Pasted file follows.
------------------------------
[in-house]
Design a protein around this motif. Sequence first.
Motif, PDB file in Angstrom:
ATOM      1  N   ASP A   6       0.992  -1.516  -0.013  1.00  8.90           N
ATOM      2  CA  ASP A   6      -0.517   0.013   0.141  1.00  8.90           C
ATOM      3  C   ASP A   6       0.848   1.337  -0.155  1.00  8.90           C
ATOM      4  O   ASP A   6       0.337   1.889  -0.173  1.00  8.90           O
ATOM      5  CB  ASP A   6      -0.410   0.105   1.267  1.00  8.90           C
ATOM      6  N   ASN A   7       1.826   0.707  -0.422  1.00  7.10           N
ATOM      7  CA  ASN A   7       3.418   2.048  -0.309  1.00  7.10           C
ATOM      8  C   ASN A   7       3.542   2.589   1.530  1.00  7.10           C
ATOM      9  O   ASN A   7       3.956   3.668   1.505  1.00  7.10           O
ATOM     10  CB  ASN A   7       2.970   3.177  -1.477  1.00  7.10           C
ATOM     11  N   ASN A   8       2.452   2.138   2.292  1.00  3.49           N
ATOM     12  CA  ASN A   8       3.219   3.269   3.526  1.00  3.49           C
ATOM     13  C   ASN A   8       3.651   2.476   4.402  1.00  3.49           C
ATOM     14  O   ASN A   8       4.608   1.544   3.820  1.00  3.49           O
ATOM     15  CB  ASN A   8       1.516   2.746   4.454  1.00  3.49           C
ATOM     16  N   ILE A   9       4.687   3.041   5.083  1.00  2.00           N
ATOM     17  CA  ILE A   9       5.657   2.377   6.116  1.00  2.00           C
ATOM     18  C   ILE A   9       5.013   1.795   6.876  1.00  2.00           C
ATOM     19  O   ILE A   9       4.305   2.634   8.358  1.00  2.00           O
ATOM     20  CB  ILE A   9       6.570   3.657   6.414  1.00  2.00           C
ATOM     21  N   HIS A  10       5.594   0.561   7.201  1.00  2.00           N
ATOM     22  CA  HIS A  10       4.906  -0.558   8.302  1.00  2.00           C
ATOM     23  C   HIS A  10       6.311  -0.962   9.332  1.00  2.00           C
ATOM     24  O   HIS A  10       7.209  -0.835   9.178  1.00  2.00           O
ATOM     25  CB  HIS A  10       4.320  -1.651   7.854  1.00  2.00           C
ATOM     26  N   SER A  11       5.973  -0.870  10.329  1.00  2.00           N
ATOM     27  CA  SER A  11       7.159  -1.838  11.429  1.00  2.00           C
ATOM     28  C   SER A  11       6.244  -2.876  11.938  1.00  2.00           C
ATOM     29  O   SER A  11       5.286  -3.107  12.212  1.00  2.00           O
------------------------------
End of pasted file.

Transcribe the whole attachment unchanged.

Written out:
[in-house]
Design a protein around this motif. Sequence first.
Motif, PDB file in Angstrom:
ATOM      1  N   ASP A   6       0.992  -1.516  -0.013  1.00  8.90           N
ATOM      2  CA  ASP A   6      -0.517   0.013   0.141  1.00  8.90           C
ATOM      3  C   ASP A   6       0.848   1.337  -0.155  1.00  8.90           C
ATOM      4  O   ASP A   6       0.337   1.889  -0.173  1.00  8.90           O
ATOM      5  CB  ASP A   6      -0.410   0.105   1.267  1.00  8.90           C
ATOM      6  N   ASN A   7       1.826   0.707  -0.422  1.00  7.10           N
ATOM      7  CA  ASN A   7       3.418   2.048  -0.309  1.00  7.10           C
ATOM      8  C   ASN A   7       3.542   2.589   1.530  1.00  7.10           C
ATOM      9  O   ASN A   7       3.956   3.668   1.505  1.00  7.10           O
ATOM     10  CB  ASN A   7       2.970   3.177  -1.477  1.00  7.10           C
ATOM     11  N   ASN A   8       2.452   2.138   2.292  1.00  3.49           N
ATOM     12  CA  ASN A   8       3.219   3.269   3.526  1.00  3.49           C
ATOM     13  C   ASN A   8       3.651   2.476   4.402  1.00  3.49           C
ATOM     14  O   ASN A   8       4.608   1.544   3.820  1.00  3.49           O
ATOM     15  CB  ASN A   8       1.516   2.746   4.454  1.00  3.49           C
ATOM     16  N   ILE A   9       4.687   3.041   5.083  1.00  2.00           N
ATOM     17  CA  ILE A   9       5.657   2.377   6.116  1.00  2.00           C
ATOM     18  C   ILE A   9       5.013   1.795   6.876  1.00  2.00           C
ATOM     19  O   ILE A   9       4.305   2.634   8.358  1.00  2.00           O
ATOM     20  CB  ILE A   9       6.570   3.657   6.414  1.00  2.00           C
ATOM     21  N   HIS A  10       5.594   0.561   7.201  1.00  2.00           N
ATOM     22  CA  HIS A  10       4.906  -0.558   8.302  1.00  2.00           C
ATOM     23  C   HIS A  10       6.311  -0.962   9.332  1.00  2.00           C
ATOM     24  O   HIS A  10       7.209  -0.835   9.178  1.00  2.00           O
ATOM     25  CB  HIS A  10       4.320  -1.651   7.854  1.00  2.00           C
ATOM     26  N   SER A  11       5.973  -0.870  10.329  1.00  2.00           N
ATOM     27  CA  SER A  11       7.159  -1.838  11.429  1.00  2.00           C
ATOM     28  C   SER A  11       6.244  -2.876  11.938  1.00  2.00           C
ATOM     29  O   SER A  11       5.286  -3.107  12.212  1.00  2.00           O